"Good times are coming, I hear it everywhere I go," Neil Young sings on 1974's "Vampire Blues." "Good times are coming, but they sure are coming slow." Featuring guitarist George Whitsell (who played with Crazy Horse in their 1960s band the Rockets) and bassist Tim Drummond scraping a credit card on his beard for a cool sound effect, "Vampire Blues" is a typically bummed-out On the Beach song where Young compares himself to a vampire bat seeking out "high octane" blood. The only time he ever played it live was at an Eagles show in 1974, though it has been rehearsed for his upcoming summer tour.
The death of Crazy Horse guitarist Danny Whitten in 1972 seemed to spell the end of Crazy Horse, but just a couple of years later, Young crossed paths with guitarist Frank "Poncho" Sampedro and the group was reborn. The first album by the new Neil Young and the new Crazy Horse was 1975's Zuma, recorded in a thick haze of drugs and fuzzed-out guitar solos. The second track is the seven-minute epic "Danger Bird," which was actually cobbled together from two rather different takes that took place weeks apart. It's a haunting song, and outside of a single solo piano performance in 2003 he's never even attempted it live without Crazy Horse. Check out the 13-and-a-half-minute version on Year of the Horse.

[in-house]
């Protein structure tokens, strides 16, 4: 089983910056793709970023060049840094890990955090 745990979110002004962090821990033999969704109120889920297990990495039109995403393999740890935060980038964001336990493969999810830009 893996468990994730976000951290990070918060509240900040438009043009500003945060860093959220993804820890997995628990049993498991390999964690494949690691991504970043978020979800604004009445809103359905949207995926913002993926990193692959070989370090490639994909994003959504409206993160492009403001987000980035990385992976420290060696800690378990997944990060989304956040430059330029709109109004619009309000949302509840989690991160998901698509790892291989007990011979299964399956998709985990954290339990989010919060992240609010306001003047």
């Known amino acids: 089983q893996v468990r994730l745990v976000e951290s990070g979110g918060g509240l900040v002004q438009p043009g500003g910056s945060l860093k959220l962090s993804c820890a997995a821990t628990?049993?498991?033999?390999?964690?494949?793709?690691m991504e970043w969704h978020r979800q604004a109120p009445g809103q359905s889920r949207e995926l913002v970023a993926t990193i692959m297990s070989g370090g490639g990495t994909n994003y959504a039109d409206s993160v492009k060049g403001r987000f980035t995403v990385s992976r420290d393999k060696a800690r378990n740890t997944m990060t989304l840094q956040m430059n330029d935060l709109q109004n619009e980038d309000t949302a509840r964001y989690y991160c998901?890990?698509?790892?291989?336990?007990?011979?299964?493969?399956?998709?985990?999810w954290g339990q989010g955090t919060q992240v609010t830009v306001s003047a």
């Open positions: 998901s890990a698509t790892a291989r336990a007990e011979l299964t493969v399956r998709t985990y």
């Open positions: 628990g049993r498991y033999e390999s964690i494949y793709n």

Neil Young originally wrote "Pocahontas" for Chrome Dreams, an album he slated for release in 1977 but remains on the shelf to this day. It re-emerged two years later on the acoustic side of Rust Never Sleeps. Borrowing a great deal of the melody from Carole King's 1963 tune "He's a Bad Boy," the song is a surreal journey through time from the 17th century all the way to the era of Marlon Brando and the Astrodome. Much like "Cortez the Killer," it focuses on the devastating effects the European colonization of America had on the Native Americans. It's been a regular part of Young's live set for decades.
Recorded in a matter of weeks while still reeling from the deaths of Crazy Horse guitarist Danny Whitten and roadie Bruce Berry, Tonight's the Night is an Irish Wake for departed friends that doubles as a rock masterpiece. Most songs were cut in a take or two while most of the musicians were thoroughly obliterated. It may not be technically perfect, but the performances are extremely heartfelt and many Neil Young fans call this his best album. One of its gentler tracks is "Albuquerque," featuring Nils Lofgren on piano and Ben Keith on pedal steel. It's ostensibly about smoking some weed, renting a car, driving to New Mexico and eating some fried eggs and country ham, but it's really about a desperate yearning to find a place where someone can escape and mellow out. Young has never managed to improve on the studio original recording, though the solo acoustic versions from the 1999 tour are pretty special.